Over the past few months, I have been experiencing some pain in my right wrist. I ignored it for a while, figuring it would go away, as these things sometimes do. It didn’t, so eventually I decided to go and see a chiropractor; when his treatments didn’t help, he sent me to an office specializing in occupational therapy for hands. I have been going there twice a week and also doing some stretches at home every day. An important lesson I have learned in the process: discomfort is good, pain is not. Discomfort is an indication that I’m healing, improving my range of motion, getting better. Pain means something is wrong and I need to stop doing what I’m doing.
It’s not difficult to translate this into a metaphor for larger issues. If we are experiencing discomfort with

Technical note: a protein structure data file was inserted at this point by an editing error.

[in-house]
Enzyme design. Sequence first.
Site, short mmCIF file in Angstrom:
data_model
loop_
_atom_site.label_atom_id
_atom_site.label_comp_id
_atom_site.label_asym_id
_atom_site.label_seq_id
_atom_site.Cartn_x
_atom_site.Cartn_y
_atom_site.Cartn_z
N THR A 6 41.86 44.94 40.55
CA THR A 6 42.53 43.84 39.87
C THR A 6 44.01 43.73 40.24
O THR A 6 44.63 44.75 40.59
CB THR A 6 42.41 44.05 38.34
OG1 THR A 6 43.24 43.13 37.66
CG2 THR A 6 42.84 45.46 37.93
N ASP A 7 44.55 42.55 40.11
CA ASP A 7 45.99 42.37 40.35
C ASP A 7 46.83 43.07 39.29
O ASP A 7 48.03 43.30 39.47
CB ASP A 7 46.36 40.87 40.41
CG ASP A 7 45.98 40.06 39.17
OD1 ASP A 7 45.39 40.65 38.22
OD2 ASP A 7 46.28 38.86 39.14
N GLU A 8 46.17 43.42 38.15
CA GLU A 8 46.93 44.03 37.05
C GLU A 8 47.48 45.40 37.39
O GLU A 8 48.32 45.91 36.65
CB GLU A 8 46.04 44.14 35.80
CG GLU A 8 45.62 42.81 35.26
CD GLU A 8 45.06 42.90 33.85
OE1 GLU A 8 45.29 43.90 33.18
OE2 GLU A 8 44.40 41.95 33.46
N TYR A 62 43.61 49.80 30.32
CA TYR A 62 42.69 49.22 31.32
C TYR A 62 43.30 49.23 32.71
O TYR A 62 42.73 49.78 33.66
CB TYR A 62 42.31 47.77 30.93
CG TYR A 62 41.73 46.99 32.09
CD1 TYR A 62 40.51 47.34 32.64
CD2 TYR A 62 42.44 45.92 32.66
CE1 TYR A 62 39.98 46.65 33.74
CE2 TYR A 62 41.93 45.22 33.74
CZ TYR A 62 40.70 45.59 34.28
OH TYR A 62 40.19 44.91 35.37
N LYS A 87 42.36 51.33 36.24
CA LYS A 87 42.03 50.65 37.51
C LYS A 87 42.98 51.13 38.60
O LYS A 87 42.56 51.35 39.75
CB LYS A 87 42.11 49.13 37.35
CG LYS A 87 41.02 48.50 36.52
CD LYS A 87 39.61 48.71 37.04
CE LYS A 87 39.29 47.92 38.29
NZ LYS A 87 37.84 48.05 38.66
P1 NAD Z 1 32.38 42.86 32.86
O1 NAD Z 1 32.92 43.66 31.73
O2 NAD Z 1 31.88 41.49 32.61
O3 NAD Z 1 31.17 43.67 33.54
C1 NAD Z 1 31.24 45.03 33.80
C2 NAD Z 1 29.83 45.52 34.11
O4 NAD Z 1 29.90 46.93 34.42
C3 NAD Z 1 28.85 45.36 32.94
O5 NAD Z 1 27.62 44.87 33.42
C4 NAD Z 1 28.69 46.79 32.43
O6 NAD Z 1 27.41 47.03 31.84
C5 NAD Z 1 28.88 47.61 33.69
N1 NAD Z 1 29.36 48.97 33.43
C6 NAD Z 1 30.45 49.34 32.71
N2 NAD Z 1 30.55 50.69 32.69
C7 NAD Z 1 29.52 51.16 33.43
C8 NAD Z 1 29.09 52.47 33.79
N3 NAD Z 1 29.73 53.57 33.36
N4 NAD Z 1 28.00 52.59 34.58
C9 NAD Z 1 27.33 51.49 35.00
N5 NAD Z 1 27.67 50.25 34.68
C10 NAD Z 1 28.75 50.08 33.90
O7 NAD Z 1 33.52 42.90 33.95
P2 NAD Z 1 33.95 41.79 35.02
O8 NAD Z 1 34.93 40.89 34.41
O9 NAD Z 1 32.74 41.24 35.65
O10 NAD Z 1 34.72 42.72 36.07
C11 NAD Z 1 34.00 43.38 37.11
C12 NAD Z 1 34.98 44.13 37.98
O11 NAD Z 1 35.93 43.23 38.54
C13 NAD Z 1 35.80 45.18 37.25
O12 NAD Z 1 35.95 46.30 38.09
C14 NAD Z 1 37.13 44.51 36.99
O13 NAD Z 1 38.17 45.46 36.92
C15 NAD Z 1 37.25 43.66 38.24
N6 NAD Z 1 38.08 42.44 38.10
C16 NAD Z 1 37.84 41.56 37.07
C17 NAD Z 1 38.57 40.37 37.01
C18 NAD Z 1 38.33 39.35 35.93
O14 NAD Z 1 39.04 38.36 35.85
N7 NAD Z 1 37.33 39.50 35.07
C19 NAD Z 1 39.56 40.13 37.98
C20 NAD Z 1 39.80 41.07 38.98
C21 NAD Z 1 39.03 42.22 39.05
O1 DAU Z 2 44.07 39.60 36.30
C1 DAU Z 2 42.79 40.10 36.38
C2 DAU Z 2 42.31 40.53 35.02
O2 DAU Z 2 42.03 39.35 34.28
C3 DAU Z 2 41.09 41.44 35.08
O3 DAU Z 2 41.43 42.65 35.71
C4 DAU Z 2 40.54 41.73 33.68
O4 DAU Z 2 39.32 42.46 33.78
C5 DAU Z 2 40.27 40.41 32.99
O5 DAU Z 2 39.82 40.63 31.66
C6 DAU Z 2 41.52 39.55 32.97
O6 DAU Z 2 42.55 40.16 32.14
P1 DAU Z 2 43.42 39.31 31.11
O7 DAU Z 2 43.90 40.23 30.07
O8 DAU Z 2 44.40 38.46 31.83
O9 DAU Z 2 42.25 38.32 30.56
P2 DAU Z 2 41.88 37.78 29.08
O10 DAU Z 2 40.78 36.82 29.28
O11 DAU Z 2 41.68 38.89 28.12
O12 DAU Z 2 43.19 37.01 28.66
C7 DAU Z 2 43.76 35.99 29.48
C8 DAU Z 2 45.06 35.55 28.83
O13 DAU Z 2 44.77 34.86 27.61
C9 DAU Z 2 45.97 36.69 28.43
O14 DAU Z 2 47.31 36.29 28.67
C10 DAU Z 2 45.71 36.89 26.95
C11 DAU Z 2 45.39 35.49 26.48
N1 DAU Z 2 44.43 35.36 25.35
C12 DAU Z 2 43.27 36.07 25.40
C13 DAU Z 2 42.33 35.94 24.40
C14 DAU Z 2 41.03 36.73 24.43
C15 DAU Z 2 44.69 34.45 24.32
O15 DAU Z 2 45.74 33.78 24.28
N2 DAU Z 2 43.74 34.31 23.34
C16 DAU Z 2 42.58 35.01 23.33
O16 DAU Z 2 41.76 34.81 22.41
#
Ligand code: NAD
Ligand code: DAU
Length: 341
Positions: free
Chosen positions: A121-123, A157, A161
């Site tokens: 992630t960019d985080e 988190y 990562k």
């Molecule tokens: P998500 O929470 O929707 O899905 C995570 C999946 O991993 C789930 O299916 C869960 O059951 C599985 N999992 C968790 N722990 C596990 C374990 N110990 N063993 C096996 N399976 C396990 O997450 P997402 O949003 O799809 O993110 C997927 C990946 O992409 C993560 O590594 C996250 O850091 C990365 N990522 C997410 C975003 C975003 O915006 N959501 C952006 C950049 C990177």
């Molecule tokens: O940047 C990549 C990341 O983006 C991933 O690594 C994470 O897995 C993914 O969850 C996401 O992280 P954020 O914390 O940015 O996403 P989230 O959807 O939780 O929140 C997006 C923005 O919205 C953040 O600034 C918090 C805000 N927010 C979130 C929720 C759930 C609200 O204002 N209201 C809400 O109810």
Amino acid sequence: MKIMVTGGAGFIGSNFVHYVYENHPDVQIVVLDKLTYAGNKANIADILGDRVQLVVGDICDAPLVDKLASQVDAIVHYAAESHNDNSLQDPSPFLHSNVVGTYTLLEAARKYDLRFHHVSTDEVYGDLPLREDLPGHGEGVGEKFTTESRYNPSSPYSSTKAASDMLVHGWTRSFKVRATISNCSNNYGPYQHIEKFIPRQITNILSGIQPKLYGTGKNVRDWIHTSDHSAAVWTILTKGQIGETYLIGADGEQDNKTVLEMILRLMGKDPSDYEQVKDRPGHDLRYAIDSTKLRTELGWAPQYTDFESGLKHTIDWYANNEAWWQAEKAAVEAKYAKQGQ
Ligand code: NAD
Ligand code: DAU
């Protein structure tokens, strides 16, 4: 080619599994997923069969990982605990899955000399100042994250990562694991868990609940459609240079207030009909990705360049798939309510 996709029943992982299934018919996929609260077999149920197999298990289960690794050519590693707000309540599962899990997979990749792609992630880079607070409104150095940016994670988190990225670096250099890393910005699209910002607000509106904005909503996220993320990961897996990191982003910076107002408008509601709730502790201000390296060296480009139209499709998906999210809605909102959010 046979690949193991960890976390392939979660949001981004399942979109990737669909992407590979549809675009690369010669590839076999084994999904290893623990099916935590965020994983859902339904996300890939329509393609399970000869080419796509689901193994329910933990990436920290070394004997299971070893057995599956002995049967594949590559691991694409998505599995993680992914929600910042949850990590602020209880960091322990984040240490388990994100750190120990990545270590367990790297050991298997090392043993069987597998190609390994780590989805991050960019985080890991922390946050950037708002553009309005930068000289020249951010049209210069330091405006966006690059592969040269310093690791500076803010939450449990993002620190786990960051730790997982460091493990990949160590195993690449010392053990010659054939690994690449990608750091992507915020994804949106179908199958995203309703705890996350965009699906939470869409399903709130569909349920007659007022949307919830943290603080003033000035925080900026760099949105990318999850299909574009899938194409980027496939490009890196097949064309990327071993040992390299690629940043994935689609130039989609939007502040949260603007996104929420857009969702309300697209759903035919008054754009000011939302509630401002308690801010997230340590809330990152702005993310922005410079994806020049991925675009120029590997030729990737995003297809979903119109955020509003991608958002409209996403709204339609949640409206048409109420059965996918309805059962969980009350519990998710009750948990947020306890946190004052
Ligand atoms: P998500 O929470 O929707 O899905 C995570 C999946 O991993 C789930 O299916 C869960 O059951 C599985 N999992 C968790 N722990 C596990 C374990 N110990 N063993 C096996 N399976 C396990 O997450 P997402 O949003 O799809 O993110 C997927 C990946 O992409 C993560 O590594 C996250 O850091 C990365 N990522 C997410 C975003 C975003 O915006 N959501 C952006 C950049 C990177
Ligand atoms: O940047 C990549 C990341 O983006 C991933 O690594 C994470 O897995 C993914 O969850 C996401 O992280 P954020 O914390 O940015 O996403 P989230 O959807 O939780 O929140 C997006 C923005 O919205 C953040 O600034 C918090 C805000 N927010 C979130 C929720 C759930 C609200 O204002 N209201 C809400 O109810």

something (for example, using gender pronouns, or hearing that language we have been using marginalizes Black, Indigenous, and People of Color), we can remind ourselves that this discomfort is an indicator of progress, and we can learn to become gradually more comfortable with discomfort. If we are, on the other h and, aggrieved by reading stories about people’s suffering (whether as a result of wildfires, police brutality, or a broken healthcare system), this pain can – and should – become our driving force for compassionate action.
How can we tell the difference between discomfort and pain? By paying attention, or, to put it in another
way, deep listening – which happens to be our monthly theme for October.